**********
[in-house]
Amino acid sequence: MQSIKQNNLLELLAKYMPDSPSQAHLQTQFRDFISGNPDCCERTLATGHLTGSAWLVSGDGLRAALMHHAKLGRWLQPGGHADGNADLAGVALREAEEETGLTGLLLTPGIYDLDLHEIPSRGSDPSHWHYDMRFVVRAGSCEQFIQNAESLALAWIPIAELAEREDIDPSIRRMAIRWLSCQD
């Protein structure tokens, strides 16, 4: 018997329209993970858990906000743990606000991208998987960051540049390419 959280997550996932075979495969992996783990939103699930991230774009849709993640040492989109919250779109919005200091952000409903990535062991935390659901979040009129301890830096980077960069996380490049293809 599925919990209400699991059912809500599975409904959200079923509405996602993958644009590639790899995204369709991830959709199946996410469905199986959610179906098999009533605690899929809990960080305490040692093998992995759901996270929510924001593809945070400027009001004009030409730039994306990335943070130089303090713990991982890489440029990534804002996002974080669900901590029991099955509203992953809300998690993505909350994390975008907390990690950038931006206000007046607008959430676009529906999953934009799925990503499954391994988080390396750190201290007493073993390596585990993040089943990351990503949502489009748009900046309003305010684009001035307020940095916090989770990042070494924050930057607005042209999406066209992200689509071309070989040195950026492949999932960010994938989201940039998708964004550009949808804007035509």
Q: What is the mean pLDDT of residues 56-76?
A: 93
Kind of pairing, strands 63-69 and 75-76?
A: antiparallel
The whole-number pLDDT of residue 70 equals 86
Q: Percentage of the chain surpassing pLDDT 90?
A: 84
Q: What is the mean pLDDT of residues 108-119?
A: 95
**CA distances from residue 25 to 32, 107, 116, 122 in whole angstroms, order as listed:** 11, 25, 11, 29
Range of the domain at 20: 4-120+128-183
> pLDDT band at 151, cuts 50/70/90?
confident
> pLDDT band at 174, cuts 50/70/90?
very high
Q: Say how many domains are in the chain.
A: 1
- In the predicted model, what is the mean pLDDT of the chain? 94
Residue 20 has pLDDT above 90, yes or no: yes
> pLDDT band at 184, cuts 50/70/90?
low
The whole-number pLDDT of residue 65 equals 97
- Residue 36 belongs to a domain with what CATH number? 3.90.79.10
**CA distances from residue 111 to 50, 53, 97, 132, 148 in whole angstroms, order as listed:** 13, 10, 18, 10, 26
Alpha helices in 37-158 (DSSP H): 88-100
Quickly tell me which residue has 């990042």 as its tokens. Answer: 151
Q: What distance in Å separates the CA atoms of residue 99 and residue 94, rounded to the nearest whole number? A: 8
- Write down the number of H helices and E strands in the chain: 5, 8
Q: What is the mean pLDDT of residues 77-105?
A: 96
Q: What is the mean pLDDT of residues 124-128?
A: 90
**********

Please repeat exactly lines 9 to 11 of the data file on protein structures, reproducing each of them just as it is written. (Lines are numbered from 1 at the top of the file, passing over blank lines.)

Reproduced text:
Q: Percentage of the chain surpassing pLDDT 90?
A: 84
Q: What is the mean pLDDT of residues 108-119?